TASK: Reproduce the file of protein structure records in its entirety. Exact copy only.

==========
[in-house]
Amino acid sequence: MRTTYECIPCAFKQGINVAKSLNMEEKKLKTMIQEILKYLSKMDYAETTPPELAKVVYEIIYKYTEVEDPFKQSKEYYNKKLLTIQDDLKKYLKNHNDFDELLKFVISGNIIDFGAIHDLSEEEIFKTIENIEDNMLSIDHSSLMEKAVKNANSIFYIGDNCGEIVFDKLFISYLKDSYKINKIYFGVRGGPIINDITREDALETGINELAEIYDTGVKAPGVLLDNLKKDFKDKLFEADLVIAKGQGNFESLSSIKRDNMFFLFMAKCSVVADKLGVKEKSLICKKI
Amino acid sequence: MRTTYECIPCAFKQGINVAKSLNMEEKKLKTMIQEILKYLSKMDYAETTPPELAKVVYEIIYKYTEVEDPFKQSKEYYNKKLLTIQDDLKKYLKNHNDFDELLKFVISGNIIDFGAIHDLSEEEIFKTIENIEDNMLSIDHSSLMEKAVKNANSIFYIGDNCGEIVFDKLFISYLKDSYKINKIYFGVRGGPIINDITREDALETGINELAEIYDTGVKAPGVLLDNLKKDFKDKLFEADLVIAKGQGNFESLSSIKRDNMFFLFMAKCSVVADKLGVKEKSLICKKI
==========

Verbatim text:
[in-house]
Amino acid sequence: MRTTYECIPCAFKQGINVAKSLNMEEKKLKTMIQEILKYLSKMDYAETTPPELAKVVYEIIYKYTEVEDPFKQSKEYYNKKLLTIQDDLKKYLKNHNDFDELLKFVISGNIIDFGAIHDLSEEEIFKTIENIEDNMLSIDHSSLMEKAVKNANSIFYIGDNCGEIVFDKLFISYLKDSYKINKIYFGVRGGPIINDITREDALETGINELAEIYDTGVKAPGVLLDNLKKDFKDKLFEADLVIAKGQGNFESLSSIKRDNMFFLFMAKCSVVADKLGVKEKSLICKKI
Amino acid sequence: MRTTYECIPCAFKQGINVAKSLNMEEKKLKTMIQEILKYLSKMDYAETTPPELAKVVYEIIYKYTEVEDPFKQSKEYYNKKLLTIQDDLKKYLKNHNDFDELLKFVISGNIIDFGAIHDLSEEEIFKTIENIEDNMLSIDHSSLMEKAVKNANSIFYIGDNCGEIVFDKLFISYLKDSYKINKIYFGVRGGPIINDITREDALETGINELAEIYDTGVKAPGVLLDNLKKDFKDKLFEADLVIAKGQGNFESLSSIKRDNMFFLFMAKCSVVADKLGVKEKSLICKKI